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Urgent warning as NHS launches initiative to contact parents of children at risk of polio

PARENTS of children at risk of polio are being contacted by the NHS to stop the spread of the deadly disease.

It is the first time polio has been detected in the country since 1984.

Parents are urged to verify that their children have received all of their polio vaccinations

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Parents are urged to verify that their children have received all of their polio vaccinationsPhoto credit: Getty

Health bosses have said Britons should check their children’s vaccinations are up to date after spotting signs the virus is being transmitted between individuals.

In the UK, polio vaccination is part of the NHS routine children’s vaccination schedule.

What is polio? causes and symptoms
First case of polio found in Africa in 5 years, leaving toddler paralyzed

It is given as a vaccine when a child is eight, 12, and 16 weeks old. And two more shots will be given at the age of three years and four months and at the age of 14 years.

However, one in ten children in London by the age of five has not been fully vaccinated against the pathogen.

Now the NHS is launching a major initiative to ensure routine vaccinations are included after the Covid pandemic caused a hiatus in appointments.

Jane Clegg, chief nurse at the NHS London, said: “The NHS will start reaching out to parents of children under five in London who are not up to date with their polio vaccinations, to invite them to come and see themselves to be protected.”

dr Vanessa Saliba, Consulting Epidemiologist at UKHSA, added: “On rare occasions, paralysis can occur in people who are not fully vaccinated. If you are unsure, check your red book.”

good morning dr Hilary Jones from the UK spoke today about the dangers of unvaccinated people.

He said: “If children haven’t been vaccinated then that’s a potential threat – so that’s a warning.

“If you’ve had all five shots, there’s nothing to worry about.

“However, the pandemic has resulted in some people skipping some of their childhood vaccinations – so there is a population of children, particularly those under the age of five, who may not have received all their vaccinations.”

Experts discovered the error in the capital’s wastewater samples, which have been available since April – a clear signal of an outbreak in the community.

Polio is an infectious disease that can be transmitted from person to person and most commonly affects children under the age of five.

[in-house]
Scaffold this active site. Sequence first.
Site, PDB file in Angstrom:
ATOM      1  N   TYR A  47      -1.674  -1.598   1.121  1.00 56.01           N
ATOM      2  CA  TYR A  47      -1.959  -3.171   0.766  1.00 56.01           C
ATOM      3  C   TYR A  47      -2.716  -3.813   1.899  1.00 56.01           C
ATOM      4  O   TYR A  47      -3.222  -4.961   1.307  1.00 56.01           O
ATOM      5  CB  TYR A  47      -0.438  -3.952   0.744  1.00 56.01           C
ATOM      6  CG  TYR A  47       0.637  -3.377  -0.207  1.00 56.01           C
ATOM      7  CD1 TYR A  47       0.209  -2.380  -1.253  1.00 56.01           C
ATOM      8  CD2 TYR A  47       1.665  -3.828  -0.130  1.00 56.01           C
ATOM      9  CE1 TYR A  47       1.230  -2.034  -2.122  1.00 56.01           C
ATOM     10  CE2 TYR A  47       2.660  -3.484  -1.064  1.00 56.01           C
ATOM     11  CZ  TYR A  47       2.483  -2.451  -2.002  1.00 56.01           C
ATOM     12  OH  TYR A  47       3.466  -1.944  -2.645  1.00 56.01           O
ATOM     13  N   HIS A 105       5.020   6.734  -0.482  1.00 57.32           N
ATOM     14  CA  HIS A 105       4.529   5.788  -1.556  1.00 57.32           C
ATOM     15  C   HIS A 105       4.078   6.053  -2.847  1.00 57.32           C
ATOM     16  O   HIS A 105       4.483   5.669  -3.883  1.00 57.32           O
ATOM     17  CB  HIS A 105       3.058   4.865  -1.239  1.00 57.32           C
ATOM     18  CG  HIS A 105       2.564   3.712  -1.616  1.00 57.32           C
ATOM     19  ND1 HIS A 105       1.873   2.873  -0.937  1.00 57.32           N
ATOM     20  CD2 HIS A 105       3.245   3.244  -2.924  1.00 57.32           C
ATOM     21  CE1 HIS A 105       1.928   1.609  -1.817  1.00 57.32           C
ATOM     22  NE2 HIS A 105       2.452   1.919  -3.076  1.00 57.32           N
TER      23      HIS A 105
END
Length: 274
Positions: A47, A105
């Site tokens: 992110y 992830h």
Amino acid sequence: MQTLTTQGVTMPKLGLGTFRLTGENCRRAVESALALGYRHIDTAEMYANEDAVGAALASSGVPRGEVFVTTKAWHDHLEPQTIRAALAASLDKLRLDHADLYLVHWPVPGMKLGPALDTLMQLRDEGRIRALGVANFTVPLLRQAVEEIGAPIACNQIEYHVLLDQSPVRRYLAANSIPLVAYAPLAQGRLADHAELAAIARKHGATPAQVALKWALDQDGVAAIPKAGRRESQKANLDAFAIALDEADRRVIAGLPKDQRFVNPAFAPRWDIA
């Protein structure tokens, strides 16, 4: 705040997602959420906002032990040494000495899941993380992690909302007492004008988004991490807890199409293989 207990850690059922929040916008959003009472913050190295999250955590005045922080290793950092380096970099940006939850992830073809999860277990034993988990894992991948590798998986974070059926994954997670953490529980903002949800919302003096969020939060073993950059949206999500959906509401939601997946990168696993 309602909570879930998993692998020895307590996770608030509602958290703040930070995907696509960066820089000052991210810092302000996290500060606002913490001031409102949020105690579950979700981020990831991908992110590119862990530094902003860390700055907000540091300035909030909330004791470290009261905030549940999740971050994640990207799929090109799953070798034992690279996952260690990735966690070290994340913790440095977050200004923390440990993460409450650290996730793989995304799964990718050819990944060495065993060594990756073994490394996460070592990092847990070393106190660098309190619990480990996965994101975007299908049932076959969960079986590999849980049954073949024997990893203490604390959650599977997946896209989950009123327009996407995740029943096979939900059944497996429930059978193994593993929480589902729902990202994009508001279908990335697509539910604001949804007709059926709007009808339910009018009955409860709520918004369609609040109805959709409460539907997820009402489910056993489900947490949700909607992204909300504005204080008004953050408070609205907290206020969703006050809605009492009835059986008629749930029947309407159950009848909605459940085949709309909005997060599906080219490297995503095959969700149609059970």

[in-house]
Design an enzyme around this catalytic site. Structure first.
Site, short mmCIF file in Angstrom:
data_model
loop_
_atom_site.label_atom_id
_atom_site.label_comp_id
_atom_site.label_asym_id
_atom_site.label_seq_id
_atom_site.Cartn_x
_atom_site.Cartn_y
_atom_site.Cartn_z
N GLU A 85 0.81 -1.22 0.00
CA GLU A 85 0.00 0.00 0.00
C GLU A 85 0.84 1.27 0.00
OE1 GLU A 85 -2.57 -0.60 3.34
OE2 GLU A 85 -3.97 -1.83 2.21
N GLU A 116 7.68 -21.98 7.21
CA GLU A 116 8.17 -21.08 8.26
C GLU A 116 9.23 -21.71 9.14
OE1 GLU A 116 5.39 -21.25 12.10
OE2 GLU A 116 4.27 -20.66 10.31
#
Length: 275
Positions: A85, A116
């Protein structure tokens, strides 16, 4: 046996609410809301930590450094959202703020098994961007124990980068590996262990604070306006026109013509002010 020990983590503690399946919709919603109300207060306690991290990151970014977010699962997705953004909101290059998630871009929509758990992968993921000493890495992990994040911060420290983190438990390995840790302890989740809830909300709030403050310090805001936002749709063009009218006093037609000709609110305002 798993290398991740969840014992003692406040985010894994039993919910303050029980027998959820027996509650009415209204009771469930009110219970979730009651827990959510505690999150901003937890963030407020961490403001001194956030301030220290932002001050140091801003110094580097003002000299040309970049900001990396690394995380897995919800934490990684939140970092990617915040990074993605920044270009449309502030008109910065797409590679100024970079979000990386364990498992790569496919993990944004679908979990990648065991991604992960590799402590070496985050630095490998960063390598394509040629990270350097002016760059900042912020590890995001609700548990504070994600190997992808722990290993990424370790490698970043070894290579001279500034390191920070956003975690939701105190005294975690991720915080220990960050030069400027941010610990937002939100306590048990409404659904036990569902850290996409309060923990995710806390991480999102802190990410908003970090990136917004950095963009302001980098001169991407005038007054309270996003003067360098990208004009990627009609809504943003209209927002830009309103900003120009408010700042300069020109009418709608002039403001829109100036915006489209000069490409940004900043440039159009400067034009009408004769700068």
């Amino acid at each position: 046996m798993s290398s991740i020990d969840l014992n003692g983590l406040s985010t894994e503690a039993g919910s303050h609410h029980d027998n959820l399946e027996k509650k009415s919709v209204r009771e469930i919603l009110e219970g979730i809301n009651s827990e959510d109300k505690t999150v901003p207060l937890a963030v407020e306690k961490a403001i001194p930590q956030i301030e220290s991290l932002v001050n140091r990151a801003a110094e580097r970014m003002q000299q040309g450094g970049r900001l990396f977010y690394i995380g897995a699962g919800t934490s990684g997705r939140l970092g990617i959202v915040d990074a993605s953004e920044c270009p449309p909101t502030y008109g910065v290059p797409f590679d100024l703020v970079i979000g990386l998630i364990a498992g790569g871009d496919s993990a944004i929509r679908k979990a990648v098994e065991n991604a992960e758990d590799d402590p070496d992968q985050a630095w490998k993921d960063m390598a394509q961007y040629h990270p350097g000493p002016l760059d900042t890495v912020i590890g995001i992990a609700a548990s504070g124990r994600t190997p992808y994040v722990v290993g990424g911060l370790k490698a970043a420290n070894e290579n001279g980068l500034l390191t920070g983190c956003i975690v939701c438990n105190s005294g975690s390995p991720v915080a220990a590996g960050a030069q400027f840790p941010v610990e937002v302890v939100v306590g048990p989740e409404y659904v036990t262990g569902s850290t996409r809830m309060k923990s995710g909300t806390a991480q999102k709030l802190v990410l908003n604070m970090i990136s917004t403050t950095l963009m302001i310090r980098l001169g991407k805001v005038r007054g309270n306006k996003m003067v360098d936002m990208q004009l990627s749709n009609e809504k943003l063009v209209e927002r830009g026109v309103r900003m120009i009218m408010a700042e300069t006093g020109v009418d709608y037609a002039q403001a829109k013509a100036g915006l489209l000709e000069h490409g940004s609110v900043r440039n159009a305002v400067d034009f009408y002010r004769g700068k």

The disease attacks the nervous system and in some extreme cases can lead to paralysis.

It is very contagious and a person can transmit it even if they are not sick.

The last case of polio in Britain was in 1984 and the country was declared polio-free in 2003.

Before a vaccine was introduced in the 1950s, epidemics resulted in thousands of people becoming paralyzed and hundreds of deaths annually.

What Are the Signs of Polio You Need to Know?

The majority of people who contract the poliovirus have no visible symptoms.

About one in four people with poliovirus infection will have flu-like symptoms, which may include:

  • Sore throat
  • Fever
  • fatigue
  • nausea
  • headache
  • stomach pain

Symptoms usually last between two and 10 days before going away on their own.

In very rare cases, polio can cause difficulty using your muscles, usually in your legs.

This is not usually permanent and movement should slowly return over the next few weeks or months.

Experts from the UK Health Security Agency (UKHSA) believe a traveler – likely from Pakistan, Afghanistan or Nigeria – passed the virus in his stool after receiving the oral polio vaccine.

But the bug has now spread to others following the mutation, with the same strain being repeatedly detected in sewage samples since May.

Health bosses have now launched an urgent investigation to locate the source and step up vaccination in affected areas.

Despite clear indications of an outbreak, no cases have become known.

And officials insist the overall risk to the public remains very low.

Jane Clegg, senior nurse at the NHS in London, said: “The majority of Londoners are fully protected against polio and need not take any further action, but the NHS will start reaching out to parents of children under five in London who are at risk of polio -Vaccinations are not up to date to invite them to get protected.

“Meanwhile, parents can also check their child’s vaccination status in their Red Book and people should contact their GP practice to book a vaccination if they or their child are not fully up to date.”

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https://www.the-sun.com/health/5622436/nhs-launches-drive-contact-parents-polio/ Urgent warning as NHS launches initiative to contact parents of children at risk of polio

Sarah Y. Kim

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